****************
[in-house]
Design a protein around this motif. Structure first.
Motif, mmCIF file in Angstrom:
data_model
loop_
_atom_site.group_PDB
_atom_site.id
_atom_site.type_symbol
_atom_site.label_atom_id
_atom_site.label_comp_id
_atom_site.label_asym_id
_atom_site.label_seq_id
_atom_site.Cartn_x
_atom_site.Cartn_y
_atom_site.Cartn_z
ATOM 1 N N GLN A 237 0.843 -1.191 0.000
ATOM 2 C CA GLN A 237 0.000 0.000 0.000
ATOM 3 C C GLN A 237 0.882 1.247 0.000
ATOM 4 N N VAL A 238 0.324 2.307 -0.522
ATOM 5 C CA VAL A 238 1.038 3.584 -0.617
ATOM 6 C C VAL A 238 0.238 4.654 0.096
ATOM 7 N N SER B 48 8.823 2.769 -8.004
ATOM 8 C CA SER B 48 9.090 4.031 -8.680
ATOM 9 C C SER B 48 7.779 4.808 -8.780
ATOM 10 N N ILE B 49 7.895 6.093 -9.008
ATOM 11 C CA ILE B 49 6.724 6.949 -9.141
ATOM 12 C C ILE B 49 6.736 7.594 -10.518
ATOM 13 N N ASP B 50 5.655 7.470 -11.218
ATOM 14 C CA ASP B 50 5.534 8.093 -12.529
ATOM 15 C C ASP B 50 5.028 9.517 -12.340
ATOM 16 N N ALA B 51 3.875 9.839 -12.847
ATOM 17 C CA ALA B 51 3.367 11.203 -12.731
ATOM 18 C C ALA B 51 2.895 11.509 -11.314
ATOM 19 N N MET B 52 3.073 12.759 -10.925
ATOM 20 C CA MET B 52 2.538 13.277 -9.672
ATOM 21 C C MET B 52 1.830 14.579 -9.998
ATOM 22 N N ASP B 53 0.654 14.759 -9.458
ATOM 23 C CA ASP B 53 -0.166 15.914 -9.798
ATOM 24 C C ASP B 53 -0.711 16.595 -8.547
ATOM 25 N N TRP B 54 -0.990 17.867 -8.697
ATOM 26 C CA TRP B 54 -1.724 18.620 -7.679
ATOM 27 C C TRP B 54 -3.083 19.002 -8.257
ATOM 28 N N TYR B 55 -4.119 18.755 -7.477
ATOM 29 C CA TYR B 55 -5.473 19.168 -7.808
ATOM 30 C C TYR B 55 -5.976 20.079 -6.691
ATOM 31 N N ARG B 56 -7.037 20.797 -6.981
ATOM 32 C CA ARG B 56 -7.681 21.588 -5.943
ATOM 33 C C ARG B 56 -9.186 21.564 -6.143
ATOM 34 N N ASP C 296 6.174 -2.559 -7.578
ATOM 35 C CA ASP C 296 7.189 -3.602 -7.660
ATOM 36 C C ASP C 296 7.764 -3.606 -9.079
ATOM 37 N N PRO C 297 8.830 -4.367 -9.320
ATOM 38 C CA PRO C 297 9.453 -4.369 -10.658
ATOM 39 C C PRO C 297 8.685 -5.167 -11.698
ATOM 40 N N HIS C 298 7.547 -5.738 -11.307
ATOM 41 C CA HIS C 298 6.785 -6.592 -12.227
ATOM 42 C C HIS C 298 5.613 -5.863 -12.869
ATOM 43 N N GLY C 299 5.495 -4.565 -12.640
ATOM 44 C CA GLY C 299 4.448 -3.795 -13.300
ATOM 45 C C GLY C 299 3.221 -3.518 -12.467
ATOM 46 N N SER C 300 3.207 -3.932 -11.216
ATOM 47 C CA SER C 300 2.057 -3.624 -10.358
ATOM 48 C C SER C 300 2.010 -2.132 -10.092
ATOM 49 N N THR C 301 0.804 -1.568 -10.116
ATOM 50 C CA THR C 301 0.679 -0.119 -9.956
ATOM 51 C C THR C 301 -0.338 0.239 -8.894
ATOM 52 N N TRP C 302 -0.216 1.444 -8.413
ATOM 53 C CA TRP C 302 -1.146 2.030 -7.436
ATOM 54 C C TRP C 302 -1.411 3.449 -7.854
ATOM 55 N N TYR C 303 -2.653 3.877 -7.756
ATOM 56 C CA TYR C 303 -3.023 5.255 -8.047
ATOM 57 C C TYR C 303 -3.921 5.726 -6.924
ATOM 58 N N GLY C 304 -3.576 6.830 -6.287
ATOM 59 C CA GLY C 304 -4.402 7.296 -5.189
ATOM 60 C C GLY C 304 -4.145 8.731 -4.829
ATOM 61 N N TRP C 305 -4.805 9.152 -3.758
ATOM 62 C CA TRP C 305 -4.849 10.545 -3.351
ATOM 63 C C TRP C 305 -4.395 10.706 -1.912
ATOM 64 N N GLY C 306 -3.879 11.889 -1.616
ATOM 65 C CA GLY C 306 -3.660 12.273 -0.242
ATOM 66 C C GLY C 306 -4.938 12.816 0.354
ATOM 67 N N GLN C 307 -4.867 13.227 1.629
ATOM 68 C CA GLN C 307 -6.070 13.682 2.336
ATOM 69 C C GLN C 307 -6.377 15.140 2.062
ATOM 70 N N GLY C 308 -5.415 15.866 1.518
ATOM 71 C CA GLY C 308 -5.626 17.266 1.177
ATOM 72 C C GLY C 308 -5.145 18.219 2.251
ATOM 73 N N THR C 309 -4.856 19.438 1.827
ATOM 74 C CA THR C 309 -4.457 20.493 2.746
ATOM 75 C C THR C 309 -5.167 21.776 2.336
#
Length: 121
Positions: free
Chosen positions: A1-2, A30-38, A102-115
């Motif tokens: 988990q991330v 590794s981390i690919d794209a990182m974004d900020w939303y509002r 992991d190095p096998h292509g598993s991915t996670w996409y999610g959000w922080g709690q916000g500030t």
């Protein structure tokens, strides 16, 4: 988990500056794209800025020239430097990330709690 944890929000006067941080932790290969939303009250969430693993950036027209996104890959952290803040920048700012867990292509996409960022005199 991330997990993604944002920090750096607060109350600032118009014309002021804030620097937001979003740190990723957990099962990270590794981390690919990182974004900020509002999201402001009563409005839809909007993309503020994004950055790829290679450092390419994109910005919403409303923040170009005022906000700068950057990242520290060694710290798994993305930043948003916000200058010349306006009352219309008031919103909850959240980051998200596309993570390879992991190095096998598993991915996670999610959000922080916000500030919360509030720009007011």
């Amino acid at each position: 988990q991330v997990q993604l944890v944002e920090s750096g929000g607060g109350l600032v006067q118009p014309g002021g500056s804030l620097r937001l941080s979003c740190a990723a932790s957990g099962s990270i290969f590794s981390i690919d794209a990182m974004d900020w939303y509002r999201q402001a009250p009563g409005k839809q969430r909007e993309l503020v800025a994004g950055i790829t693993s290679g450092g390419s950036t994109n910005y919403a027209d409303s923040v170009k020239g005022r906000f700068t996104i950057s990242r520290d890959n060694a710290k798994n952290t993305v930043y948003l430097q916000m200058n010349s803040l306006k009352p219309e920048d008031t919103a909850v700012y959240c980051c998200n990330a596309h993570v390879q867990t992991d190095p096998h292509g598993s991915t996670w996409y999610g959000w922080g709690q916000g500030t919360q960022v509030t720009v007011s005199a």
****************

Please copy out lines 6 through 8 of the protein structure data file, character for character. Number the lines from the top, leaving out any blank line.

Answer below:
_atom_site.group_PDB
_atom_site.id
_atom_site.type_symbol